diarrhea; gastrointestinal transit; indigenous medicinal plants; health-promotion efforts; rural Africa
In November 1977, an enzyme-linked immunosorbent assay for detecting rotavirus antigen was introduced in the laboratory of a rural treatment centre in Bangladesh. During the next 40 days rotavirus without other pathogens was found in the stools of 216 (45%) of 480 children under age 5 years who visited the centre with a gastrointestinal illness. 188 (87%) of these children were treated with oral rehydration alone, using the solution currently recommended by the World Health Organisation, while 28 (13%) also required some intravenous rehydration; there were no deaths. Oral rehydration treatment was judged successful in 205 (95%) of the rotavirus patients and was not associated with any serious side effects. Oral rehydration treatment, with this solution, has been used extensively and successfully in the treatment of enterotoxin-mediated diarrhoea and can also safely be used for treating rotavirus diarrhoea in infants and young children.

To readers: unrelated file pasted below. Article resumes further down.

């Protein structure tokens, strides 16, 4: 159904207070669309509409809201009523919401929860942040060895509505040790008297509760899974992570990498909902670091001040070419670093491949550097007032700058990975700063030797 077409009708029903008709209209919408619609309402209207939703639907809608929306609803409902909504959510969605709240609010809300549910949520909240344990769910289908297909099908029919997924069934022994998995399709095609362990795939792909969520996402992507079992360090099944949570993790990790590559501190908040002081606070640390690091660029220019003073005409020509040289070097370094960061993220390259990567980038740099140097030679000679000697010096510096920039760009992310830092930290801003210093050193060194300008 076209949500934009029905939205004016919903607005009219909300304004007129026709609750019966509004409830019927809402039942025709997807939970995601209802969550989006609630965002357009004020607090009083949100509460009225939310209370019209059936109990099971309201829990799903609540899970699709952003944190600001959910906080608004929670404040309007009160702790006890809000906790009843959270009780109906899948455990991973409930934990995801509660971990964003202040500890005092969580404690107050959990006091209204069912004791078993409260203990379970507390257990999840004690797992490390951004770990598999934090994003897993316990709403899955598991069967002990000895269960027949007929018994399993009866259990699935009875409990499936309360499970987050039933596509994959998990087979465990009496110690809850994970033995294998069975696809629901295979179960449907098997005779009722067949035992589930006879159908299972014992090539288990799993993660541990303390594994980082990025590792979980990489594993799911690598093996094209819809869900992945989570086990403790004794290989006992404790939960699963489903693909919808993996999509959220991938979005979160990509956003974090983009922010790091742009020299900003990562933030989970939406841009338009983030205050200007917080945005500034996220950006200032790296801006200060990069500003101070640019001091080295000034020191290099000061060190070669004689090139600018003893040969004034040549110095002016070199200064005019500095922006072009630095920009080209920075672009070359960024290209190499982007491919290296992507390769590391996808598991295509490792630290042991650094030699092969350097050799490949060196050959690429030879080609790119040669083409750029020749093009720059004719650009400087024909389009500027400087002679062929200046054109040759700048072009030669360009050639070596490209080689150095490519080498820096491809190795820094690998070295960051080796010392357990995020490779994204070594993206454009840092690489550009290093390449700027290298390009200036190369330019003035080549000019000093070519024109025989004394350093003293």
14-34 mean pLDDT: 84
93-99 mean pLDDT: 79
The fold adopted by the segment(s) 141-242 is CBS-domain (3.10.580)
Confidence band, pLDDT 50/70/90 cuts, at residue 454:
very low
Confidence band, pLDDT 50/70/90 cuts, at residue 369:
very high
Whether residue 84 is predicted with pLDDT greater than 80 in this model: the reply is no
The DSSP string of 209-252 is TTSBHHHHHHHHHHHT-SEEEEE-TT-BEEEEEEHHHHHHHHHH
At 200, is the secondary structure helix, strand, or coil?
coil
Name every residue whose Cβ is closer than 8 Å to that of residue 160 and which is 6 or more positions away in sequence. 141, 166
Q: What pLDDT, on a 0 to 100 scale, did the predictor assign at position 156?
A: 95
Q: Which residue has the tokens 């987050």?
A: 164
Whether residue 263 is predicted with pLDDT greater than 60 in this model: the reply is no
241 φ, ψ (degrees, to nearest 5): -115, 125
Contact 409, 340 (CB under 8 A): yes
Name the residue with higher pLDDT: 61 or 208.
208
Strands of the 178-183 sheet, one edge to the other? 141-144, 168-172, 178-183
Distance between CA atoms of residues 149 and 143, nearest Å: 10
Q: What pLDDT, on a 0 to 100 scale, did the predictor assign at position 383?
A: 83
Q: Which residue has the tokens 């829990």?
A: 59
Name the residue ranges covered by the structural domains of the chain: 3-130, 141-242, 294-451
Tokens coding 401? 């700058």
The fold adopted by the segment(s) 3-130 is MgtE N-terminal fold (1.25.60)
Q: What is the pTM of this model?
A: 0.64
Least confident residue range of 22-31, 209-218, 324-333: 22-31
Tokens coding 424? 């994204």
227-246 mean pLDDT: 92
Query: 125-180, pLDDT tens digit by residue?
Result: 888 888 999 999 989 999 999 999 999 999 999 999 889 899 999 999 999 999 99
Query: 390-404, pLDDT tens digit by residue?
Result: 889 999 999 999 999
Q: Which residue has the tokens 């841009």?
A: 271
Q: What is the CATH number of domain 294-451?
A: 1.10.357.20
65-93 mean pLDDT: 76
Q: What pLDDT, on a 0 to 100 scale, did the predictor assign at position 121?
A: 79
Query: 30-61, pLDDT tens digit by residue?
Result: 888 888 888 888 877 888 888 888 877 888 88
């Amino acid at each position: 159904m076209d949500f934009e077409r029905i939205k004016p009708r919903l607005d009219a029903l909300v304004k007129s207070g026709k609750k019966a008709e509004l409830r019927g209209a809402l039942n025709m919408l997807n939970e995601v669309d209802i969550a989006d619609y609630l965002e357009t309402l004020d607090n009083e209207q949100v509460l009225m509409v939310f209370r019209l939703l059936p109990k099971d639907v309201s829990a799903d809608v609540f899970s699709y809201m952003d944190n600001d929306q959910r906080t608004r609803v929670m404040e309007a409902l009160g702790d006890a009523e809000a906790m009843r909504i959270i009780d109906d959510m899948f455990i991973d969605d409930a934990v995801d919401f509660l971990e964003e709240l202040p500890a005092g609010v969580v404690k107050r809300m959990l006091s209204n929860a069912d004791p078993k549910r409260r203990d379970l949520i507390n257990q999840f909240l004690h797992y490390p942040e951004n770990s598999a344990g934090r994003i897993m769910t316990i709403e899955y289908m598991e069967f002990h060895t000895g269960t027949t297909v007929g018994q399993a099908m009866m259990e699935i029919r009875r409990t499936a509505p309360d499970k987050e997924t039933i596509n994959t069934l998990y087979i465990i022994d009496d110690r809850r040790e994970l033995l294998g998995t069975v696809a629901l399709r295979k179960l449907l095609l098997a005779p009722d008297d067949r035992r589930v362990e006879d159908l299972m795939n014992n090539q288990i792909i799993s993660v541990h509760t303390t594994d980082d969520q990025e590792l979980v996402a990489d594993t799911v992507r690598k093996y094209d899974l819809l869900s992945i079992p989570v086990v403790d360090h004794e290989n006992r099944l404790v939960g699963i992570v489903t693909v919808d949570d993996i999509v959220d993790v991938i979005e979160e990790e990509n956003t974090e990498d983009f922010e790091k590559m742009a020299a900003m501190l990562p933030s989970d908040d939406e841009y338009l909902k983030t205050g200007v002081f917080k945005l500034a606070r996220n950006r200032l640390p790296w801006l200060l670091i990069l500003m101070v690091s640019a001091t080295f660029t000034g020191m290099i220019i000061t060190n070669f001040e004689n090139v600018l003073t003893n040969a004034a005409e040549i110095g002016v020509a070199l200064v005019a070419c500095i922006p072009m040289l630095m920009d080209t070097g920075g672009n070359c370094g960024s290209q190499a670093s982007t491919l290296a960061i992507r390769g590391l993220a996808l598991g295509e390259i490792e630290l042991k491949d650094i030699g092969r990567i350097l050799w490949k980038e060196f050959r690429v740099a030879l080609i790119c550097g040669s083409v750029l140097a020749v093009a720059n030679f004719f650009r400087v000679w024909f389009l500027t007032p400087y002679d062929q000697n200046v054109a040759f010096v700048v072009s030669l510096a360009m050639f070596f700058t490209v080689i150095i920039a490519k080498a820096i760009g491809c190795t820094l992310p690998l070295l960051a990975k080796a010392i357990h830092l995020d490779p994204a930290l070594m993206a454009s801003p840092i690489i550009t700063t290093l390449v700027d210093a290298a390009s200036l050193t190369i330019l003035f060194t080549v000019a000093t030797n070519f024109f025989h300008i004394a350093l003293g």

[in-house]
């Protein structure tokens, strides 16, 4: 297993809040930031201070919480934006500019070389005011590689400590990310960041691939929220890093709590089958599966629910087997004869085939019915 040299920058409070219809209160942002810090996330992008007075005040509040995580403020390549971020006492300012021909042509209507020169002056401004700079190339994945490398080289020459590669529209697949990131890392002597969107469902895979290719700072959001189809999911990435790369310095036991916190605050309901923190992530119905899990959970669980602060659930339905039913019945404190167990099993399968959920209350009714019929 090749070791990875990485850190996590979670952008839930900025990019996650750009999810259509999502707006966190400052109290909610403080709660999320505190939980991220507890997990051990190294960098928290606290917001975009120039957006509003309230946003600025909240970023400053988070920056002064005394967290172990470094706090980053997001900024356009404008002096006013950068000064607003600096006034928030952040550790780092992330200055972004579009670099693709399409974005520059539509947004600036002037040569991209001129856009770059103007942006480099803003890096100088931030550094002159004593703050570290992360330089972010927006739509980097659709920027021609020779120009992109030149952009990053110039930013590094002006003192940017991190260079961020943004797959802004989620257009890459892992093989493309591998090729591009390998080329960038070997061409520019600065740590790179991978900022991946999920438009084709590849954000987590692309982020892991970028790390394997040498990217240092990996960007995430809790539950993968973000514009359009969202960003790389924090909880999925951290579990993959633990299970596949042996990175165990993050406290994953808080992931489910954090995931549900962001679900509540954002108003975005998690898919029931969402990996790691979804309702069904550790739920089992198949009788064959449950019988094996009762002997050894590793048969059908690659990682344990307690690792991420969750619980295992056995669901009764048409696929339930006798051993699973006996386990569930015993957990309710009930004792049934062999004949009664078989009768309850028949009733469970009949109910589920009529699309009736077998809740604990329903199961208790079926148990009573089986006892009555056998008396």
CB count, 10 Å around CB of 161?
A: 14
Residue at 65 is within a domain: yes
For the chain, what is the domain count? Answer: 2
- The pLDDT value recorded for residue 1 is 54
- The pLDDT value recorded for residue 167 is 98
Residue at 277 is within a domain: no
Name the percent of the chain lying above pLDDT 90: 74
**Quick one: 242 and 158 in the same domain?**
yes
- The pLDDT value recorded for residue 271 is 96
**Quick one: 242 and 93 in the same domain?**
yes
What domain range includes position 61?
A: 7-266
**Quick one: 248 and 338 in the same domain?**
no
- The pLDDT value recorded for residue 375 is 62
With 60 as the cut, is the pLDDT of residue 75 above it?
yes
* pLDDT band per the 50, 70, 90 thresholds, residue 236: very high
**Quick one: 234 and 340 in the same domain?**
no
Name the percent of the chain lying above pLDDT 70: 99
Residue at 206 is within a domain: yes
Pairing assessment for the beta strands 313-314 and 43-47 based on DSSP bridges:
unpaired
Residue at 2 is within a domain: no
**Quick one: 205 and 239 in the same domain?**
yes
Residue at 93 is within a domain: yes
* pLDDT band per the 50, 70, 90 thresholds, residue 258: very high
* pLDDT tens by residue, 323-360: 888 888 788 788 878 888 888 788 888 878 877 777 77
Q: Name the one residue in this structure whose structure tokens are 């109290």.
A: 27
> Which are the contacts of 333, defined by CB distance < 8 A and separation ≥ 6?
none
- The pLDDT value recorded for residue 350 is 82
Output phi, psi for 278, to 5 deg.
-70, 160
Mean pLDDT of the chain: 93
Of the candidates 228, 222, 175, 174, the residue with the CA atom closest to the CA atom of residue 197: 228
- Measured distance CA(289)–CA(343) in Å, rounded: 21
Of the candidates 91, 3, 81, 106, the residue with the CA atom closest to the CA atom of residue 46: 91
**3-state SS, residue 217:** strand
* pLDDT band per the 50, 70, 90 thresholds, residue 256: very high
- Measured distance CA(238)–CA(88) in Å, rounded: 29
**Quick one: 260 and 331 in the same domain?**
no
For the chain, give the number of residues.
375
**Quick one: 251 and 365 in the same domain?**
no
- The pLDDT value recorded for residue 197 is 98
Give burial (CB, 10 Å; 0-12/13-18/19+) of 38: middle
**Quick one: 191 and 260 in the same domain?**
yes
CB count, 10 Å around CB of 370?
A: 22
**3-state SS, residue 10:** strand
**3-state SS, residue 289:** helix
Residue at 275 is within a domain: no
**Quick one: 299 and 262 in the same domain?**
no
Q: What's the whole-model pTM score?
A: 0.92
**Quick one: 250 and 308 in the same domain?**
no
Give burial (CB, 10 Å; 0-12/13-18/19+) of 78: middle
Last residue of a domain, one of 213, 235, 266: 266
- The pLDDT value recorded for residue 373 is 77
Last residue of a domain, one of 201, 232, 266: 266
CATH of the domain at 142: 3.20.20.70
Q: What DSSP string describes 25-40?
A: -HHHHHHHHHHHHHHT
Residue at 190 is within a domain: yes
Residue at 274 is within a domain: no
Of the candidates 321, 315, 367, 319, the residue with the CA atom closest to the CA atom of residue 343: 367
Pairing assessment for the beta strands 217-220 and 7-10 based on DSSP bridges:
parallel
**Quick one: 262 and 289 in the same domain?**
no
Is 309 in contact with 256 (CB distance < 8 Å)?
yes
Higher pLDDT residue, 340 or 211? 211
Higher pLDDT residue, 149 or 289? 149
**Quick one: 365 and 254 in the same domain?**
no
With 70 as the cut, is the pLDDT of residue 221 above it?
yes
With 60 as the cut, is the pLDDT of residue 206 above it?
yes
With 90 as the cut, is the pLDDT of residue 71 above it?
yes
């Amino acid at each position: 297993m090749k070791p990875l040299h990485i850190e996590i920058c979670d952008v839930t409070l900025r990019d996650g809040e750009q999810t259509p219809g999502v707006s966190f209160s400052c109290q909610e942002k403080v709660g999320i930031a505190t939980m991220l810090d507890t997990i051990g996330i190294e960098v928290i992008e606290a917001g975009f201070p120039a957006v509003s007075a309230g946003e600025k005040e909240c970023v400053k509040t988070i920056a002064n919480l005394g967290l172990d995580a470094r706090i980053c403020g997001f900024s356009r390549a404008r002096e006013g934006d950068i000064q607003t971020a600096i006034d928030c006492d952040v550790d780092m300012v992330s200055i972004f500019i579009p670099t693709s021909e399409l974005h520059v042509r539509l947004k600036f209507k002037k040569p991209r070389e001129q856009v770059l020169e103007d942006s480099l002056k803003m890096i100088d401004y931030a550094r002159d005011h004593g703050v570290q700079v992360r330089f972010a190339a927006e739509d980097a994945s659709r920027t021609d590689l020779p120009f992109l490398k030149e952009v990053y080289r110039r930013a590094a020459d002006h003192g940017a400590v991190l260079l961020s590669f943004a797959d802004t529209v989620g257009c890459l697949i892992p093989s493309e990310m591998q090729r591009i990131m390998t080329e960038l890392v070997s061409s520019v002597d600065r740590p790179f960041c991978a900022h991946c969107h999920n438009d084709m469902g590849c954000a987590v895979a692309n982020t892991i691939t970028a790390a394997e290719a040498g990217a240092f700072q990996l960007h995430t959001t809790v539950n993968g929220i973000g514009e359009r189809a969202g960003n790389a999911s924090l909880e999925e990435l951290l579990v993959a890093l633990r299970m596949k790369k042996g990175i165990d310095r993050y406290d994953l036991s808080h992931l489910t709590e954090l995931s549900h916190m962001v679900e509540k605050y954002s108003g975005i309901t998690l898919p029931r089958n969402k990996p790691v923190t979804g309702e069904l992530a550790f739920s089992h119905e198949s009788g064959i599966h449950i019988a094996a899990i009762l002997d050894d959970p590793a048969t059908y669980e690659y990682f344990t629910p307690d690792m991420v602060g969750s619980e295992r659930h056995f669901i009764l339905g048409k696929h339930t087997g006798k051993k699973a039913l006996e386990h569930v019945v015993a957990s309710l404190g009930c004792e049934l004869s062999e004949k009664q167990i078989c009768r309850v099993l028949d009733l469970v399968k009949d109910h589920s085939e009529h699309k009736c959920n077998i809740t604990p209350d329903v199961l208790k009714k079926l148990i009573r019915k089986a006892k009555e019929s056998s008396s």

Zinc for the treatment of childhood diarrhoea was introduced in a pilot area in southern Mali to prepare for a cluster-randomized effectiveness study and to inform policies on how to best introduce and promote zinc at the community level. Dispersible zinc tablets in 14-tablet blister packs were provided through community health centres and drug kits managed by community health workers (CHWs) in two health zones in Bougouni district, Mali. Village meetings and individual counselling provided by CHWs and head nurses at health centres were the principal channels of communication. A combination of methods were employed to (a) detect problems in communication about the benefits of zinc and its mode of administration; (b) identify and resolve obstacles to implementation of zinc through existing health services; and (c) describe household-level constraints to the adoption of appropriate home-management practices for diarrhoea, including administration of both zinc and oral rehydration solution (ORS). Population-based household surveys with caretakers of children sick in the previous two weeks were carried out before and four months after the introduction of zinc supplementation. Household follow-up visits with children receiving zinc from the health centres and CHWs were conducted on day 3 and 14 after treatment for a subsample of children. A qualitative process evaluation also was conducted to investigate operational issues. Preliminary evidence from this study suggests that the introduction of zinc does not reduce the use of ORS and may reduce inappropriate antibiotic use for childhood diarrhoea. Financial access to treatments, management of concurrent diarrhoea and fever, and high use of unauthorized drug vendors were identified as factors affecting the effectiveness of the intervention in this setting. The introduction of zinc, if not appropriately integrated with other disease-control strategies, has the potential to decrease the appropriate presumptive treatment of childhood malaria in children with diarrhoea and fever in malaria-endemic areas.